- by Suki Mann
|🇩🇪 10 Yr Bund
|iBoxx Corp IG
|iBoxx Corp HY
|🇺🇸 10 Yr US T-Bond
|🇬🇧 FTSE 100 [wp_live_scraper id=”17″], [wp_live_scraper id=”24″]||🇩🇪 DAX [wp_live_scraper id=”19″], [wp_live_scraper id=”25″]||🇺🇸 S&P 500 [wp_live_scraper id=”21″], [wp_live_scraper id=”26″]|
Plenty to ponder…
There’s a wall of worry in front of us. The pandemic, lockdowns, the US election, social unrest across the US, uncertain macro, no visibility on the short-term economic outlook and the upcoming earnings season all represent reason for concern. Time to reduce risk, park up in cash and live to fight another day.
The problem is that some or all of the aforementioned can change, and quickly. We might get news or wind of a viable vaccine that will get markets rallying. There just might be a definitive US election result (the first debate this week will possibly give us a clue) and we can argue whether a Trump or Biden administration will be better for markets. What is a sure thing, though, is that there is going to be some sort of central bank action, soon.
In credit, reducing risk could be costly. Cash is very expensive. Hopping out of the market, only to look to re-enter at a later stage is usually always costly. Liquidity in secondary is poor. When the going improves, it gets worse as the offered side completely fades. Chancing one’s luck in primary is usually the only way back in, and we know full well that competition is fierce and allocations reduced.
We might be about to hit a record year for issuance in HY and IG corporate bond markets, but that doesn’t mean it has been any easier to get some bonds on the books. Demand has been massive as cash has poured into the corporate bond market this year. The record run rate of supply has only satiated the demand. There is little left over.
It’s been hit and miss since we returned after the summer break the primary front. Yet we have had an excellent month so far with €39bn of IG non-financial issuance – the second-best September since 2014 – and €9bn behind last year’s total.
Even the high yield market, which has no right to be so flush with deals given the macro backdrop and heightened levels of fear, has had a good month with €8bn issued as it also heads for a record year for issuance.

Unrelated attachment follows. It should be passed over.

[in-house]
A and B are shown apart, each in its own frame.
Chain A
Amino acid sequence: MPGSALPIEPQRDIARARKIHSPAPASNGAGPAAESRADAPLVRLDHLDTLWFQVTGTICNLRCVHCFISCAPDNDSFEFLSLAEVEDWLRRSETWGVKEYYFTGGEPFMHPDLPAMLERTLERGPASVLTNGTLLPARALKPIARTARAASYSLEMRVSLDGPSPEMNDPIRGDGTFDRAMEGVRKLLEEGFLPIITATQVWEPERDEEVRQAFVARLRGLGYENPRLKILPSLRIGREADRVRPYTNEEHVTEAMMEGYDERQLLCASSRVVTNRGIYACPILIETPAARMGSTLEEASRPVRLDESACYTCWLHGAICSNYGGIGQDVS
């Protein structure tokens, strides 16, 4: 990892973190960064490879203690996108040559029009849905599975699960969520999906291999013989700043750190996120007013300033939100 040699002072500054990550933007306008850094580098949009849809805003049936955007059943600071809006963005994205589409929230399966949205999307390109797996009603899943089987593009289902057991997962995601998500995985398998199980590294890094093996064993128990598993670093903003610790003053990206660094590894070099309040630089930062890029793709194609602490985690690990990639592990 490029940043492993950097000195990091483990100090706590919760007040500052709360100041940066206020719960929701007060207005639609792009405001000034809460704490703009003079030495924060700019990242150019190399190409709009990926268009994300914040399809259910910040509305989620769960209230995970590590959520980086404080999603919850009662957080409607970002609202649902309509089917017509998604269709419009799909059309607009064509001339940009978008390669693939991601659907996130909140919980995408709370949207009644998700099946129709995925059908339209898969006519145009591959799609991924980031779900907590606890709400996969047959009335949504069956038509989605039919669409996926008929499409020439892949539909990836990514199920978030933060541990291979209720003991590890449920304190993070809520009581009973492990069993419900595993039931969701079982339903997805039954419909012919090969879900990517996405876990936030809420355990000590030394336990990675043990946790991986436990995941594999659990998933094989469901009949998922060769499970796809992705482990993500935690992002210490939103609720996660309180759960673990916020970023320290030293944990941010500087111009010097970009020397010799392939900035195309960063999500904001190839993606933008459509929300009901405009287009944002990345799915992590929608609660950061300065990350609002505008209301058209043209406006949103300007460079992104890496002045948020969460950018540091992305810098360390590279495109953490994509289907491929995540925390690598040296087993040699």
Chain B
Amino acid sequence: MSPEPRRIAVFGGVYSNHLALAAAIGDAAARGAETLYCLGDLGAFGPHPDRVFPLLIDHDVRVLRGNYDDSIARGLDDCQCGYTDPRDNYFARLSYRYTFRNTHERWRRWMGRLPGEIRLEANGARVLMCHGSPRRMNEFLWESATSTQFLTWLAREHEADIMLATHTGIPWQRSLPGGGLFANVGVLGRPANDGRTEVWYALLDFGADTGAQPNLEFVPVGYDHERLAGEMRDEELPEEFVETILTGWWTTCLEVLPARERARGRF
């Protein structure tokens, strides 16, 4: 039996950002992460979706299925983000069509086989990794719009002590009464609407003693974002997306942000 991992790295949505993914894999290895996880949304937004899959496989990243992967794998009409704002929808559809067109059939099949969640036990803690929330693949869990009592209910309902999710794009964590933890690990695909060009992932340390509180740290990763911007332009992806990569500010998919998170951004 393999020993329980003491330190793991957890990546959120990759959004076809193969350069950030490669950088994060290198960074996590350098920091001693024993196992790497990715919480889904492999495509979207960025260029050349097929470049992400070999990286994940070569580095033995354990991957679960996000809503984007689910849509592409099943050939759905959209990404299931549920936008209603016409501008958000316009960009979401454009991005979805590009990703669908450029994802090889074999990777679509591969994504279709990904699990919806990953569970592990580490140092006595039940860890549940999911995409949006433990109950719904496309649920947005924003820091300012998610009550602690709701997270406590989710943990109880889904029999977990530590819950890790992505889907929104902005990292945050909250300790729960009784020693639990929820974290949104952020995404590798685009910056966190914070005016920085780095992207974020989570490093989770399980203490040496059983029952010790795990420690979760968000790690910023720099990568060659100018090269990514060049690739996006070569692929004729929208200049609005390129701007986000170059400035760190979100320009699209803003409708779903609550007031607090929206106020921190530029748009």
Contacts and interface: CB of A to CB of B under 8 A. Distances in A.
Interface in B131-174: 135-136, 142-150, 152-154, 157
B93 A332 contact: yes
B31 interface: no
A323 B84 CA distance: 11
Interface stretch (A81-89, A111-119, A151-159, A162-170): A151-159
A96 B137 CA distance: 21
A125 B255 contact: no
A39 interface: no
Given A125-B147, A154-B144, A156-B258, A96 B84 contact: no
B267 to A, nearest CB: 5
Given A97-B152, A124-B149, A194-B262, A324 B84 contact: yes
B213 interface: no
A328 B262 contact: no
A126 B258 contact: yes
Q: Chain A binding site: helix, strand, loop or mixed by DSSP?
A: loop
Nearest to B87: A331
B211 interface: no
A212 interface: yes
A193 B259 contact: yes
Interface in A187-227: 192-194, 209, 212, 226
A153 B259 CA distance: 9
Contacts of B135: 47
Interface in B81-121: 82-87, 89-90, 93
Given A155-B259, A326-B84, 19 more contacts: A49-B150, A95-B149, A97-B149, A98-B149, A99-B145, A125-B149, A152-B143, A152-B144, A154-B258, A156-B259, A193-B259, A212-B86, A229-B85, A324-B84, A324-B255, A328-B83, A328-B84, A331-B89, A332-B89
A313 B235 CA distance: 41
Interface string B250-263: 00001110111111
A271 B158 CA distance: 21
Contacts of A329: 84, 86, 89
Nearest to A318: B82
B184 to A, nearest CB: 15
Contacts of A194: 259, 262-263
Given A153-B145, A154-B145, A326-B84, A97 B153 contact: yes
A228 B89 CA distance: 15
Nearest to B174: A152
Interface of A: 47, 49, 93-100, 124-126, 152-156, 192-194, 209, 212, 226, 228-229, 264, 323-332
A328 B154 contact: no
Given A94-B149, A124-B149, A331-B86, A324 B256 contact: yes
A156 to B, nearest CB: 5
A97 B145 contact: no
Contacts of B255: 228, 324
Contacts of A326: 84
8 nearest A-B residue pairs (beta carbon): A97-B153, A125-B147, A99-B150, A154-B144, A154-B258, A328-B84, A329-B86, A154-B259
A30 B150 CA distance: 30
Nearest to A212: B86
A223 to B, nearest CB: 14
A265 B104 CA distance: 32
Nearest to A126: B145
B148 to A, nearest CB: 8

So, the signals are mixed. There’s cash to put to work. Holding cash is expensive. Credit benefits from being a safe-ish haven market, with corporate debt burdens supported by cheap funding levels which has seen them get through the crisis so far with limited event risk. We all know a zombie-like narrative is going to dominate the headlines at some stage, but for now, investors are choosing to ignore it. Excess liquidity benefits all.
Better close, looking for a decent open
We at least might be able to get off on a positive note this week, after the gains in the US on Friday which mostly came after the close in Europe. The S&P ended up 1.6% and the Nasdaq added 2.26%. In Europe, the FTSE added 0.3% while the Dax lost 1.1%, the latter’s fall mostly coming after a poor durable goods print in the US. Rates didn’t do too much as the lacklustre session petered out.
In credit, there was no Friday primary market flourish. Nevertheless, as stated above it’s been a decent month and we are just €2.5bn away from reaching an annual record. A flurry of deals on before the close of business for the quarter on Wednesday will do it.
So, the week passed was a weaker one for credit, as it followed in the nervous footsteps of the equity markets. We were not spared any weakness as we have been, although the widening was relatively modest. The iBoxx IG cash index moved 2.5bp wider on Friday or 6bp in the week leaving it at the widest level for the month.
The higher beta markets were more under pressure, not helped by the extreme levels of illiquidity. The high yield index moved 11bp wider and was up at B+493.6bp, representing weakness of 34bp so far for September. And the CoCo index was marked 19bp wider on Friday, or 60bp weaker in the week, at B+702bp.
It’s ‘squeaky bum time’ in some respects. There’s much to ponder. Most of the volatility and any market weakness will be felt primarily in equities, but higher beta credit risk will also feel the pinch. Credit investors will contemplate positions, whether they are too long credit risk and so on – although we think duration concerns are overdone. Will positions and attitudes necessarily change? We don’t think so.
As for this week, there will be some concern that the US sanctioned SMIC, China’s largest chipmaker, meaning that companies will need a licence to export (software and chipmaking) products to SMIC. And then there was that Swiss referendum on Sunday (result not known at the time of writing) on whether to maintain the existing freedom of movement arrangements. There might be consequences for Swiss/EU trade. And of course, the EU has much more on its plate as the final round of talks resume this week before the mid-October bid EU summit.
Elsewhere, there is a host of flash CPIs for the Eurozone, we have UK final GDP for Q2 and global manufacturing PMIs for September. We round off with the big September non-farm payroll report, with markets looking for 850,000 job additions and the unemployment rate to drop to 8.2% (8.4% August).
Have a good day.